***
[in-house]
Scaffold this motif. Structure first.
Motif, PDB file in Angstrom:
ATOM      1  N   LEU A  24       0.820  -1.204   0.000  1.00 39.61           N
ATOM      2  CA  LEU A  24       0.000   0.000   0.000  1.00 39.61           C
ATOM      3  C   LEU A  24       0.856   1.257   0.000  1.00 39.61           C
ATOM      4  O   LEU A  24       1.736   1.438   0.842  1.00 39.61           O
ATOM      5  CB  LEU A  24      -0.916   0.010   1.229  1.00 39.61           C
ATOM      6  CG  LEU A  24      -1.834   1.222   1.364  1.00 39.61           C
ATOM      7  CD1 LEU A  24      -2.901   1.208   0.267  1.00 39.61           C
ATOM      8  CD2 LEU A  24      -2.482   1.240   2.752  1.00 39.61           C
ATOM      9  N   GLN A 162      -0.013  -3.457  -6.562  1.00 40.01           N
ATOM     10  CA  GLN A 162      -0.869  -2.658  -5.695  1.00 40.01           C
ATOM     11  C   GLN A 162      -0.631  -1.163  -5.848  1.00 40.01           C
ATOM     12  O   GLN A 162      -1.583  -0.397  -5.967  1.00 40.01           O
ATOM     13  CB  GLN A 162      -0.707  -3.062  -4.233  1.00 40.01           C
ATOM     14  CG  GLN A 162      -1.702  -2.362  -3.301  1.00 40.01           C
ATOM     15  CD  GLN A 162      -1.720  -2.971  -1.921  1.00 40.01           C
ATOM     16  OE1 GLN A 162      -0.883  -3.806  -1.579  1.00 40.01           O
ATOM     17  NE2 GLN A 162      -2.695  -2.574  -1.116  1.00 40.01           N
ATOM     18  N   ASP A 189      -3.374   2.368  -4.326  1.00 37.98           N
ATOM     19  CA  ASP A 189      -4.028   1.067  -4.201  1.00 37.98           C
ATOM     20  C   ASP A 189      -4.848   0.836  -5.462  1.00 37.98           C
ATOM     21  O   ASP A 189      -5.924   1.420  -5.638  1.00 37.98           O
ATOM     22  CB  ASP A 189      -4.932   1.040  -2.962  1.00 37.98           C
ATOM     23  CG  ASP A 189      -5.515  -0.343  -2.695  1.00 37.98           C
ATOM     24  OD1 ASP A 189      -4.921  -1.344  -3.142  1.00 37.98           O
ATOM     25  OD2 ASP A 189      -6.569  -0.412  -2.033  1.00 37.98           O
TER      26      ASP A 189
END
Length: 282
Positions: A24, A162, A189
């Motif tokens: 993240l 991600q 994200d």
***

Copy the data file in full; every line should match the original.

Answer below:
[in-house]
Scaffold this motif. Structure first.
Motif, PDB file in Angstrom:
ATOM      1  N   LEU A  24       0.820  -1.204   0.000  1.00 39.61           N
ATOM      2  CA  LEU A  24       0.000   0.000   0.000  1.00 39.61           C
ATOM      3  C   LEU A  24       0.856   1.257   0.000  1.00 39.61           C
ATOM      4  O   LEU A  24       1.736   1.438   0.842  1.00 39.61           O
ATOM      5  CB  LEU A  24      -0.916   0.010   1.229  1.00 39.61           C
ATOM      6  CG  LEU A  24      -1.834   1.222   1.364  1.00 39.61           C
ATOM      7  CD1 LEU A  24      -2.901   1.208   0.267  1.00 39.61           C
ATOM      8  CD2 LEU A  24      -2.482   1.240   2.752  1.00 39.61           C
ATOM      9  N   GLN A 162      -0.013  -3.457  -6.562  1.00 40.01           N
ATOM     10  CA  GLN A 162      -0.869  -2.658  -5.695  1.00 40.01           C
ATOM     11  C   GLN A 162      -0.631  -1.163  -5.848  1.00 40.01           C
ATOM     12  O   GLN A 162      -1.583  -0.397  -5.967  1.00 40.01           O
ATOM     13  CB  GLN A 162      -0.707  -3.062  -4.233  1.00 40.01           C
ATOM     14  CG  GLN A 162      -1.702  -2.362  -3.301  1.00 40.01           C
ATOM     15  CD  GLN A 162      -1.720  -2.971  -1.921  1.00 40.01           C
ATOM     16  OE1 GLN A 162      -0.883  -3.806  -1.579  1.00 40.01           O
ATOM     17  NE2 GLN A 162      -2.695  -2.574  -1.116  1.00 40.01           N
ATOM     18  N   ASP A 189      -3.374   2.368  -4.326  1.00 37.98           N
ATOM     19  CA  ASP A 189      -4.028   1.067  -4.201  1.00 37.98           C
ATOM     20  C   ASP A 189      -4.848   0.836  -5.462  1.00 37.98           C
ATOM     21  O   ASP A 189      -5.924   1.420  -5.638  1.00 37.98           O
ATOM     22  CB  ASP A 189      -4.932   1.040  -2.962  1.00 37.98           C
ATOM     23  CG  ASP A 189      -5.515  -0.343  -2.695  1.00 37.98           C
ATOM     24  OD1 ASP A 189      -4.921  -1.344  -3.142  1.00 37.98           O
ATOM     25  OD2 ASP A 189      -6.569  -0.412  -2.033  1.00 37.98           O
TER      26      ASP A 189
END
Length: 282
Positions: A24, A162, A189
């Motif tokens: 993240l 991600q 994200d």